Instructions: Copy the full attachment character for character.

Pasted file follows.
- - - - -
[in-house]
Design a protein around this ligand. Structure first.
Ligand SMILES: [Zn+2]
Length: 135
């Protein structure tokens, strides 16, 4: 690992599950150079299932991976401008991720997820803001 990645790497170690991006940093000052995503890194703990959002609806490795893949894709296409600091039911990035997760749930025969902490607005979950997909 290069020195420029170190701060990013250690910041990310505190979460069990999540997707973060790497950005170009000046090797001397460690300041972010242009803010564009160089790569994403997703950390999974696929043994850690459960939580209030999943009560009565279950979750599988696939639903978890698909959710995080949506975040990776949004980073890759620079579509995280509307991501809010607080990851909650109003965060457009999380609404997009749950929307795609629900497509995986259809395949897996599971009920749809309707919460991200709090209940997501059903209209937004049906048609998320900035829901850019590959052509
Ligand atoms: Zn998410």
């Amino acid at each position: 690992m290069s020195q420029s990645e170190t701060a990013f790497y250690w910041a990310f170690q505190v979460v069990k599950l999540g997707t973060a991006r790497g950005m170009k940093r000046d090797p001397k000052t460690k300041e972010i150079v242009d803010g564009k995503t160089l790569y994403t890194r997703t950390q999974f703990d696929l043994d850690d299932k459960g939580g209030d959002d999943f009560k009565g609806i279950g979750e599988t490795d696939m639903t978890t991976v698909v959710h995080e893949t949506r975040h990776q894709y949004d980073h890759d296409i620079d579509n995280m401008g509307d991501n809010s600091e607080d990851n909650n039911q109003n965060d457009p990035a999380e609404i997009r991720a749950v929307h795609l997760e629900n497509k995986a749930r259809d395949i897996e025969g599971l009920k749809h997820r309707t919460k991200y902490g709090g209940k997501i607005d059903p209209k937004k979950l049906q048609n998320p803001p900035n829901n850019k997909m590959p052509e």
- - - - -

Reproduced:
[in-house]
Design a protein around this ligand. Structure first.
Ligand SMILES: [Zn+2]
Length: 135
């Protein structure tokens, strides 16, 4: 690992599950150079299932991976401008991720997820803001 990645790497170690991006940093000052995503890194703990959002609806490795893949894709296409600091039911990035997760749930025969902490607005979950997909 290069020195420029170190701060990013250690910041990310505190979460069990999540997707973060790497950005170009000046090797001397460690300041972010242009803010564009160089790569994403997703950390999974696929043994850690459960939580209030999943009560009565279950979750599988696939639903978890698909959710995080949506975040990776949004980073890759620079579509995280509307991501809010607080990851909650109003965060457009999380609404997009749950929307795609629900497509995986259809395949897996599971009920749809309707919460991200709090209940997501059903209209937004049906048609998320900035829901850019590959052509
Ligand atoms: Zn998410």
């Amino acid at each position: 690992m290069s020195q420029s990645e170190t701060a990013f790497y250690w910041a990310f170690q505190v979460v069990k599950l999540g997707t973060a991006r790497g950005m170009k940093r000046d090797p001397k000052t460690k300041e972010i150079v242009d803010g564009k995503t160089l790569y994403t890194r997703t950390q999974f703990d696929l043994d850690d299932k459960g939580g209030d959002d999943f009560k009565g609806i279950g979750e599988t490795d696939m639903t978890t991976v698909v959710h995080e893949t949506r975040h990776q894709y949004d980073h890759d296409i620079d579509n995280m401008g509307d991501n809010s600091e607080d990851n909650n039911q109003n965060d457009p990035a999380e609404i997009r991720a749950v929307h795609l997760e629900n497509k995986a749930r259809d395949i897996e025969g599971l009920k749809h997820r309707t919460k991200y902490g709090g209940k997501i607005d059903p209209k937004k979950l049906q048609n998320p803001p900035n829901n850019k997909m590959p052509e």